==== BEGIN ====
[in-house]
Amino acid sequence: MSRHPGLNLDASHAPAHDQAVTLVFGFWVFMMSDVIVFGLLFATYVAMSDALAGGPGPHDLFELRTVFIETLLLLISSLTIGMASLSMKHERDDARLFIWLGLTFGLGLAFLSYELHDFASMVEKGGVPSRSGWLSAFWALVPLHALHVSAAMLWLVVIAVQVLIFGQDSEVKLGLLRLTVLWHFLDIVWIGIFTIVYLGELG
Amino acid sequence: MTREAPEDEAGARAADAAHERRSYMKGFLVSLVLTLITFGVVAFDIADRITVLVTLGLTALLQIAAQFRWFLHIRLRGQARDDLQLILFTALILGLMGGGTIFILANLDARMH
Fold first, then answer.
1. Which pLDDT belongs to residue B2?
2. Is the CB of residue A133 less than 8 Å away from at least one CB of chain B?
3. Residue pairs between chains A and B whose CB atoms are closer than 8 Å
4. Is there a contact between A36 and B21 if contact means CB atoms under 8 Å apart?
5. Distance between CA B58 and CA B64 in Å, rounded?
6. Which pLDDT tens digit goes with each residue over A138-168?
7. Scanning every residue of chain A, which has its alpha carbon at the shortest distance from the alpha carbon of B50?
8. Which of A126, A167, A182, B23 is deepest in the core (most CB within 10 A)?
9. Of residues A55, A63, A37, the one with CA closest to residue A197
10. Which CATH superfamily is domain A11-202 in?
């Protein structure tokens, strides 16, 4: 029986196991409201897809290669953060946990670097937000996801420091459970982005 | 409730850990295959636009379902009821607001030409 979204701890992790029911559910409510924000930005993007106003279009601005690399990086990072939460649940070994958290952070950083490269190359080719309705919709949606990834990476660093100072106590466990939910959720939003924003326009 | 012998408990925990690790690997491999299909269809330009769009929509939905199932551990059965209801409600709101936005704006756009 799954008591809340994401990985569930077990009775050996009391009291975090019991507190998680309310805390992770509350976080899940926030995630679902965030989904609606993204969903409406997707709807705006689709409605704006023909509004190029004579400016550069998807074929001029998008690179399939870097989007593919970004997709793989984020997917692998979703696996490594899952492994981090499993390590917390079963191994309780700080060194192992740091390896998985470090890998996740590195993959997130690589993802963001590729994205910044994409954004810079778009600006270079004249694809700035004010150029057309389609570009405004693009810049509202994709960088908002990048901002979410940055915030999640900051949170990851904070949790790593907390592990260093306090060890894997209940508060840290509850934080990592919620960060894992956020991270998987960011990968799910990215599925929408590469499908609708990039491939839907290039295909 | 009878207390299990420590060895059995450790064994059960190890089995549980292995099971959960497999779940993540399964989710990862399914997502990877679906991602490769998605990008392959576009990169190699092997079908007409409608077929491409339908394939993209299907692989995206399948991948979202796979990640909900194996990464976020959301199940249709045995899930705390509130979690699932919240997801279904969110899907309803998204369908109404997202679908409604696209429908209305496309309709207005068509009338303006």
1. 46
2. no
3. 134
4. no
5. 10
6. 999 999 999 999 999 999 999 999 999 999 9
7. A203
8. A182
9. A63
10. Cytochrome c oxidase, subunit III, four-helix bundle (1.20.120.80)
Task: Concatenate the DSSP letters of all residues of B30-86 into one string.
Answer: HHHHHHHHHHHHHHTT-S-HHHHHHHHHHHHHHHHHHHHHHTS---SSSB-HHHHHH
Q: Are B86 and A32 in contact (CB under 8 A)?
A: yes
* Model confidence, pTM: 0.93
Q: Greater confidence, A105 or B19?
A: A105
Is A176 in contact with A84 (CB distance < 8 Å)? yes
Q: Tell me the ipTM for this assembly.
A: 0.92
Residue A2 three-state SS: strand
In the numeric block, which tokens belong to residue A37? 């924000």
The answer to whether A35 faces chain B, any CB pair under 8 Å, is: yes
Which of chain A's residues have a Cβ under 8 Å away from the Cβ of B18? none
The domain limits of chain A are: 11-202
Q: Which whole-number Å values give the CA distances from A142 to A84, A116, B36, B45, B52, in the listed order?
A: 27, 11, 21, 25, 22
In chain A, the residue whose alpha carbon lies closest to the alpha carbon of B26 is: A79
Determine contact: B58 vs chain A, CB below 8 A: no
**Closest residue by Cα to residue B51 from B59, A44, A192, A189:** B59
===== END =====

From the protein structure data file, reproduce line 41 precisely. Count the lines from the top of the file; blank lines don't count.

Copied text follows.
Q: Which whole-number Å values give the CA distances from A142 to A84, A116, B36, B45, B52, in the listed order?